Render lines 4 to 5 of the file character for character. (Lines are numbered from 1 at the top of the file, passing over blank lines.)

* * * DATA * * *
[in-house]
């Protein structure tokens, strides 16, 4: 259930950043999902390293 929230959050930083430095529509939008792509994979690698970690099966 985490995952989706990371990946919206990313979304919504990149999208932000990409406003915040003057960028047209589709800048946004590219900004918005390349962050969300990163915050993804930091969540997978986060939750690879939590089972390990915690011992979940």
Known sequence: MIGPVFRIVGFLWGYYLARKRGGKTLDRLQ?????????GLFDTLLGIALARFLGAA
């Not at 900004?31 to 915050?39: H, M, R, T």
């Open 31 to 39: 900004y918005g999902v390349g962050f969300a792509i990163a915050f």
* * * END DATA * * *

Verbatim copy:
């Not at 900004?31 to 915050?39: H, M, R, T």
């Open 31 to 39: 900004y918005g999902v390349g962050f969300a792509i990163a915050f």